A member of any good scrum team utilises their scrum master to full effect, the moment a team member is blocked it is the responsibility of the scrum master to unblock them quickly and effectively so they can get back to contributing to the product. A good scrum master doesn’t mind the bad news that you are blocked, they thrive on it and do everything in their power to serve your needs and the team.
A well rounded scrum team is expected to respect ceremonies, consult the product owner, request assistance of the scrum master and collaborate with others. If a developer could choose where they spend their time, I would posit the majority want to be writing code. Give a developer a feature, a specification, and acceptance criteria and they will be heads down before you know it, eager to tackle the problem and challenge their creative side to deliver value and delight stakeholders.
You are ready to show off the code you have been crafting for days, hours or even minutes. It is time for a pull request to get the feedback, comments and approval of your peers. This is the step in the journey of a feature that I find disrupts flow the most and it makes sense when you think about it. As developers we are not interested in critiquing others work, we want to create and move on to creating more. Well now the code is blocked because our peers are busy with their own work and have little or no time to learn from your contribution, provide valuable insight and expand their knowledge.
I have seen pull requests sit untouched and ignored for days and weeks, the principal developer drops it off and moves on to the next task. Ready to take on the impending burden of context switching and believing they can deliver twice as much this way, unfortunately this just results in twice as many features blocked and incomplete. It is not the principal developer who is at fault, the team culture is in fact complicit in failing to respect the ceremony of code review. If a delivery driver leaves a package on your doorstep unattended you wouldn't consider that effectively delivered, so why not enlist the assistance of your scrum master to clear this blockage and expedite this step by chasing peers to help the team as a whole.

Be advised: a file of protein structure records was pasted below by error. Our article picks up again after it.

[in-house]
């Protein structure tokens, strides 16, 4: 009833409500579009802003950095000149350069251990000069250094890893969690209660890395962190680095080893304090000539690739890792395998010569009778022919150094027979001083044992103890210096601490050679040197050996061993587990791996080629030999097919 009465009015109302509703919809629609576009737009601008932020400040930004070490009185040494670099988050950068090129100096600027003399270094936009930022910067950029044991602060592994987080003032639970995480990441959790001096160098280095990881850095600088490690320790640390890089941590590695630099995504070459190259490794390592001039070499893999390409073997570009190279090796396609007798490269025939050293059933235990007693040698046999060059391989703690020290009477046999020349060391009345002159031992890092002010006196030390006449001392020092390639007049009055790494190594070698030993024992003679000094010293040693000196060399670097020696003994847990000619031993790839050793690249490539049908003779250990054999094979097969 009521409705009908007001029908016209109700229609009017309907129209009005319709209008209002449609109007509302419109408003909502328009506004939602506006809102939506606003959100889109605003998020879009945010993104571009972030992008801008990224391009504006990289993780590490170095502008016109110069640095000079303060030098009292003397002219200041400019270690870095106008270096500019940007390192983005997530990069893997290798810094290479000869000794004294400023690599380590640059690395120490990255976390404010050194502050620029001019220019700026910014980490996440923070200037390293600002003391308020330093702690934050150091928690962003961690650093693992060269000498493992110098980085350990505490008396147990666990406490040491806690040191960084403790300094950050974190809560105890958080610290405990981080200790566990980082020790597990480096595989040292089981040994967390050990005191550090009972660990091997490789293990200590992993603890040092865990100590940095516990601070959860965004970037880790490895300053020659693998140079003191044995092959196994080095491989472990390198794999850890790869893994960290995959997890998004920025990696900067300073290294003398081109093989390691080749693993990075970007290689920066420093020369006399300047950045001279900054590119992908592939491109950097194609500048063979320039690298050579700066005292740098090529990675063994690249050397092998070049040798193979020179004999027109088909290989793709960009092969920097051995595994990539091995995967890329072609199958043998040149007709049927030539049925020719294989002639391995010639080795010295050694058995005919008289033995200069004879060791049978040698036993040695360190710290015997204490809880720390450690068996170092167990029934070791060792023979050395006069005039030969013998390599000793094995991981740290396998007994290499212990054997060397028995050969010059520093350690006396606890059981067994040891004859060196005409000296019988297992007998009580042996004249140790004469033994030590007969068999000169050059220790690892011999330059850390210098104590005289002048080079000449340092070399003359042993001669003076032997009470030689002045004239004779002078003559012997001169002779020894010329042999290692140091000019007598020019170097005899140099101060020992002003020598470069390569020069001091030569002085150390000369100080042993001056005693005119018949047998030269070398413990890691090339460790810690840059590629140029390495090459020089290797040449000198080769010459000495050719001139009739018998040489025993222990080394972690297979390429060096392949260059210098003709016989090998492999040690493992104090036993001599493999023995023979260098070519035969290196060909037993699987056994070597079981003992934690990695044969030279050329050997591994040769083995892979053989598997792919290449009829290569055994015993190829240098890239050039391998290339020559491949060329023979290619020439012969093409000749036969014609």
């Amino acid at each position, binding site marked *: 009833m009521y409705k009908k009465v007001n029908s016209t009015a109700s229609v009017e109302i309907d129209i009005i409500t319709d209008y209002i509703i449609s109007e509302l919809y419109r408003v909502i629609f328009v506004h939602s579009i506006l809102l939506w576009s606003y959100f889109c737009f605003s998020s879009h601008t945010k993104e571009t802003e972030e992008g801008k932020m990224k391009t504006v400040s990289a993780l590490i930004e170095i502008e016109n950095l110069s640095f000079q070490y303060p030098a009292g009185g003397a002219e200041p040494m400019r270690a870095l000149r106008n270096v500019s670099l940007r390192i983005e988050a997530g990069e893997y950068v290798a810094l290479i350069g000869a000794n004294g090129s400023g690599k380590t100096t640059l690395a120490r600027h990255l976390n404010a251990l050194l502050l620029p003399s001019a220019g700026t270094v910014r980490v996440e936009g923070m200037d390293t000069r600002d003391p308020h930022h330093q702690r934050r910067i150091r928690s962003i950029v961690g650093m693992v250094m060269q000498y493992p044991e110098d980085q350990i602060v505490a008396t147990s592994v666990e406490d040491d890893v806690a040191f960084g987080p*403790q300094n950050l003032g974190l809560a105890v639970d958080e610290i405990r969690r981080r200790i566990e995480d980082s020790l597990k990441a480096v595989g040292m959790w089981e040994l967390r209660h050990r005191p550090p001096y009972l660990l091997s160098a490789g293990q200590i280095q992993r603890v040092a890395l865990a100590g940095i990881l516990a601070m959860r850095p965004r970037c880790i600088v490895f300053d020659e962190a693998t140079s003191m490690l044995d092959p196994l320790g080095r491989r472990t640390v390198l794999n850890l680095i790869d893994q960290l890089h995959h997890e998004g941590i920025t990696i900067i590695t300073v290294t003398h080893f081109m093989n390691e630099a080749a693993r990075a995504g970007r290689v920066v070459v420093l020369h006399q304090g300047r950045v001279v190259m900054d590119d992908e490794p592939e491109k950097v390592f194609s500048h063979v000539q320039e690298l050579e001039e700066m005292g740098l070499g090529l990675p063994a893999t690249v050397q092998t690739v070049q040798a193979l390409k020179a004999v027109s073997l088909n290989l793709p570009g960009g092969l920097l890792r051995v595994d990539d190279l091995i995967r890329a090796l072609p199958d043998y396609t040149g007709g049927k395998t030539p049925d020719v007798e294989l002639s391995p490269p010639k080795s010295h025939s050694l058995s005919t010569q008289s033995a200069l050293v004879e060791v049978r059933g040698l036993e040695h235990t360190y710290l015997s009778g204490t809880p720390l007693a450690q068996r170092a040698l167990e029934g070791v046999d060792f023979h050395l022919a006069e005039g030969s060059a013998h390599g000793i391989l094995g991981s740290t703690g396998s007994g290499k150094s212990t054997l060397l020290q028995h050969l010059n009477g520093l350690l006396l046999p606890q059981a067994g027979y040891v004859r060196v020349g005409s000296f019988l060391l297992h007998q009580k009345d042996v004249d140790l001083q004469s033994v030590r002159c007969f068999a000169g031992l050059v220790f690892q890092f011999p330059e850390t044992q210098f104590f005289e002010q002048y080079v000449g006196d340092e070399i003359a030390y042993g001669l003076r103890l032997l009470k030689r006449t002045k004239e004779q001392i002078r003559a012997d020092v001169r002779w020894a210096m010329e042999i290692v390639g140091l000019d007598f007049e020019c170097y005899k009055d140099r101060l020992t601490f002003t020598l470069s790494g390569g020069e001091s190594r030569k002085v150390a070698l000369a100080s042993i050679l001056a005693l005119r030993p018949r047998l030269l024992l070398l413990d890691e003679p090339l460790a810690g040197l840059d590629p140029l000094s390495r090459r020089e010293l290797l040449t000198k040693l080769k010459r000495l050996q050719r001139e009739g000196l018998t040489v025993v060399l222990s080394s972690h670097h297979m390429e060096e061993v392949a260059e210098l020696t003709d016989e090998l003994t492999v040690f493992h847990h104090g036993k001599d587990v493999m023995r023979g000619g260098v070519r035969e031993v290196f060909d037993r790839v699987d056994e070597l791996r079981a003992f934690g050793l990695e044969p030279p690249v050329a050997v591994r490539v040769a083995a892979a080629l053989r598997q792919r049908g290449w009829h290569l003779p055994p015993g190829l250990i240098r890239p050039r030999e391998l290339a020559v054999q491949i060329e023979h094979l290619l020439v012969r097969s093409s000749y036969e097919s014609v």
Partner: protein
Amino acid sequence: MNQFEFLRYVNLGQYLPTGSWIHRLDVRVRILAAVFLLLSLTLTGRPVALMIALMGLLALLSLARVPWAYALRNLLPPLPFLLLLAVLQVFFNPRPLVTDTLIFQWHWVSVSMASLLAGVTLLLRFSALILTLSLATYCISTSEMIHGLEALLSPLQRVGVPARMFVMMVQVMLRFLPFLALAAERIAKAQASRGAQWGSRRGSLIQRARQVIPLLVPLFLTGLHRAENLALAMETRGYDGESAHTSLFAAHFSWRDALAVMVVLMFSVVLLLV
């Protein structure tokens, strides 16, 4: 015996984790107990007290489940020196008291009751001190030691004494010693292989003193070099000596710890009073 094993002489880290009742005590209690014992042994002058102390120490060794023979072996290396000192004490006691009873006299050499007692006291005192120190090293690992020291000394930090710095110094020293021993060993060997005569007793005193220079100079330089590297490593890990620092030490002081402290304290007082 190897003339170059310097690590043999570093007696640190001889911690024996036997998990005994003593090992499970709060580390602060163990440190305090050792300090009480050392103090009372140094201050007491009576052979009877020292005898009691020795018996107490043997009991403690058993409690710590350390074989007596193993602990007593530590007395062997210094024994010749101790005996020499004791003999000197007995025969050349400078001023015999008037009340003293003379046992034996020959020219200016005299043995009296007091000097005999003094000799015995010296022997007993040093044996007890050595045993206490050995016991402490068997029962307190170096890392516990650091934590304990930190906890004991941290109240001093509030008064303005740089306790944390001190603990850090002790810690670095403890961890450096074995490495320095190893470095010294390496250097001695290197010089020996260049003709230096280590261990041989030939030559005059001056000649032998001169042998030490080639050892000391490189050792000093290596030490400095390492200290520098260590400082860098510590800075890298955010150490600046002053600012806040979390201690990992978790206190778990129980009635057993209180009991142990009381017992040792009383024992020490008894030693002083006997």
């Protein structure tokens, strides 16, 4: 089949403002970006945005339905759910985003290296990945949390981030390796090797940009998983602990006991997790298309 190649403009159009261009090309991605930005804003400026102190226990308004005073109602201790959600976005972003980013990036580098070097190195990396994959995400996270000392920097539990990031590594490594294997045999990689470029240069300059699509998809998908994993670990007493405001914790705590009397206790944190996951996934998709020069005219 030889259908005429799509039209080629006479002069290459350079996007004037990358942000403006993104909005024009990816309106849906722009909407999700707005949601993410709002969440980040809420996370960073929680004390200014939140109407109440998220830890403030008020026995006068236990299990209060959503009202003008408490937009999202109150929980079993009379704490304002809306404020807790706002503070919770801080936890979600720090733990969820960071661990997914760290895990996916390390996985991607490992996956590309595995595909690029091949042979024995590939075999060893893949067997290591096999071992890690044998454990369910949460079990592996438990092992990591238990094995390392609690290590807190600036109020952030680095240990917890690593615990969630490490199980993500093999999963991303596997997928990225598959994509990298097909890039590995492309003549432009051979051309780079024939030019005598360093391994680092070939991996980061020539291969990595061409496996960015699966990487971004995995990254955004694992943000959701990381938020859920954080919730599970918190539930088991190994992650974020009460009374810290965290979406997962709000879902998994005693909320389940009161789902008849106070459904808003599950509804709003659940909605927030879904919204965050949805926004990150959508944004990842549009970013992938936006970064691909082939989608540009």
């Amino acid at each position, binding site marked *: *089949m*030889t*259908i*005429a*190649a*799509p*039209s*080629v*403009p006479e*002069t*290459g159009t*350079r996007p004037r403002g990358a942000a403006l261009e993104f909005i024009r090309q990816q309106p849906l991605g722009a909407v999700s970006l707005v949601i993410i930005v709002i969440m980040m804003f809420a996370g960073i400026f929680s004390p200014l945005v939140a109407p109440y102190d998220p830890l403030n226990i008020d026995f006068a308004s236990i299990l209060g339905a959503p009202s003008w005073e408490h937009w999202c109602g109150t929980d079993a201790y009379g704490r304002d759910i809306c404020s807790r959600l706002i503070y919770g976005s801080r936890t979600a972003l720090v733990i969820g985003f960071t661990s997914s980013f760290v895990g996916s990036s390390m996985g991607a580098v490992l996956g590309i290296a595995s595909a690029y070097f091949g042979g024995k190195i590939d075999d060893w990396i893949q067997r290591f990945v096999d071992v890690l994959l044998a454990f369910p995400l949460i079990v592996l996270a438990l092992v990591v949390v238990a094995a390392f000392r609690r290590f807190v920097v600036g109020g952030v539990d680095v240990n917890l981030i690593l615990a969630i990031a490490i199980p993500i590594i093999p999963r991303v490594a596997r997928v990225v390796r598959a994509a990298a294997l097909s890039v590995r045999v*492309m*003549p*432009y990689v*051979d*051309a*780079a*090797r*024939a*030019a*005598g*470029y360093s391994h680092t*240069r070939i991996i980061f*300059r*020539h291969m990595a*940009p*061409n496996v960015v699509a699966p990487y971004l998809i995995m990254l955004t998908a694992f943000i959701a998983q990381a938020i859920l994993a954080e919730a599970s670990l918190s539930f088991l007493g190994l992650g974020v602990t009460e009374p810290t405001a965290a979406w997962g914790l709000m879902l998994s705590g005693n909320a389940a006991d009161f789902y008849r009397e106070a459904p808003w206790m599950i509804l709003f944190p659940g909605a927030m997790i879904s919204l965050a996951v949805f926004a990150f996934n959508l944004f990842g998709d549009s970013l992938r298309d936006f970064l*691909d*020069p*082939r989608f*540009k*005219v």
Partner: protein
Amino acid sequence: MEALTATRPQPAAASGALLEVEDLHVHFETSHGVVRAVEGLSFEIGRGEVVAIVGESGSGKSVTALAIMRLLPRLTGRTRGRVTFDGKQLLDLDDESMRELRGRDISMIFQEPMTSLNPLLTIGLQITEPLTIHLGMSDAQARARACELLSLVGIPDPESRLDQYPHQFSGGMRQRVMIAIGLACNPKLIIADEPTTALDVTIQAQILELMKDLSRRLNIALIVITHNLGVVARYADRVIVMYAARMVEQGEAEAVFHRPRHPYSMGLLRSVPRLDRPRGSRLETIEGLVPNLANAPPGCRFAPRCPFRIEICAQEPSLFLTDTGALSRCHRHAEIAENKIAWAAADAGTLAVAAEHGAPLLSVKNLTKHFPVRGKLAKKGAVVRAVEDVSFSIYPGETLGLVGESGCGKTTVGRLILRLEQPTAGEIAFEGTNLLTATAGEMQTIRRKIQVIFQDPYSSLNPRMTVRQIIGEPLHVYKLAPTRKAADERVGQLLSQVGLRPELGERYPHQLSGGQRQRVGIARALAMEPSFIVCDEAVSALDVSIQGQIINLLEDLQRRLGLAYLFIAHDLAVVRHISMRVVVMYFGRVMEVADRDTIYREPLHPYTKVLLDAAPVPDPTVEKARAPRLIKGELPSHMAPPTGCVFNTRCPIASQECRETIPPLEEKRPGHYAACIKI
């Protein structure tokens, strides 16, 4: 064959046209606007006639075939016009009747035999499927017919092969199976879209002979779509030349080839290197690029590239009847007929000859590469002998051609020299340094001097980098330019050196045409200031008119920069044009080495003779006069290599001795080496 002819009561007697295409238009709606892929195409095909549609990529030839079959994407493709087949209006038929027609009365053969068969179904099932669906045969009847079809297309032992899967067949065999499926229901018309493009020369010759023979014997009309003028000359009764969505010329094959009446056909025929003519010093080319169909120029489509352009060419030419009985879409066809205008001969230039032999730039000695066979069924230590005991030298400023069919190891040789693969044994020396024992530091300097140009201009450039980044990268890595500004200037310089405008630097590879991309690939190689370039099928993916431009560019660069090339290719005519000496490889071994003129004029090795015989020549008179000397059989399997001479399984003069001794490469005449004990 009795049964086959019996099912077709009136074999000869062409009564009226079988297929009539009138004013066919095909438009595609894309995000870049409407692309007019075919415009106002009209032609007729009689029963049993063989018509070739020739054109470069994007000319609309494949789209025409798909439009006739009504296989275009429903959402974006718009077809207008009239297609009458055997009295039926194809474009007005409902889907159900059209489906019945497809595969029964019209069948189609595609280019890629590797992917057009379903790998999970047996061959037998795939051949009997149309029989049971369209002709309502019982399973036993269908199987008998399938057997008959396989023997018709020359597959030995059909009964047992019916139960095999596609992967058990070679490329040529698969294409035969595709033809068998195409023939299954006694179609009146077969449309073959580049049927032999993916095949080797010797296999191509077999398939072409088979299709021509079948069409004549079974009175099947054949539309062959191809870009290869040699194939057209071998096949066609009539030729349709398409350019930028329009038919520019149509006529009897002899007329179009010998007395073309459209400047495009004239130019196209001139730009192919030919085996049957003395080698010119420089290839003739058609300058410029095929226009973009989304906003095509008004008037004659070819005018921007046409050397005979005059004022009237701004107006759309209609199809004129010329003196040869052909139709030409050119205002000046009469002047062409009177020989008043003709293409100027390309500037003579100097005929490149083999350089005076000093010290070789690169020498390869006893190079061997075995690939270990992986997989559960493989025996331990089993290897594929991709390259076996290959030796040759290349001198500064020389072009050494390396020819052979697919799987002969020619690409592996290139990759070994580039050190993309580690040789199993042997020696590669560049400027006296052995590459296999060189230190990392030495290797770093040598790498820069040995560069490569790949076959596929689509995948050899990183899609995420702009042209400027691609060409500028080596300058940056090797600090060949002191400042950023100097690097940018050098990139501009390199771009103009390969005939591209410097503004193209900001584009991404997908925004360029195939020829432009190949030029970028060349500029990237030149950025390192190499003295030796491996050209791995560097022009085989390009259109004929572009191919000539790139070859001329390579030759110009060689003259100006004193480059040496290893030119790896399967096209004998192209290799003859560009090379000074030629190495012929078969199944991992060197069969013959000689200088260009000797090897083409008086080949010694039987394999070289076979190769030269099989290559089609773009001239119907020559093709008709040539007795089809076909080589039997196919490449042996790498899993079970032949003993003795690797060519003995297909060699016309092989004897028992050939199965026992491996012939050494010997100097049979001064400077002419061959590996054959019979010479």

To be an effective developer contributing to the value of a product we must switch gears at code review and exercise our soft skills. Soft skills are underrated and under-utilised by many but collaboration and communication are the key to a successful and effective team. Communicating with our peers to seek feedback and comments to improve our code and learning to take criticism and advice positively. We don’t grow nearly as effectively as developers by working alone and never venturing out of our comfort zone.
So approach code review proactively by chasing peers for their contributions to drive through to delivery. Call on your scrum master to rally the troops. Eliminate context switching by focusing on seeing one task through to the end. Watch your delivery cycle flow, team morale grow and soft skills flourish. I have seen velocity double in my team by just this change of mindset alone, so give it a try with your team and let me know how respecting pull requests and expediting the code review works out for your team.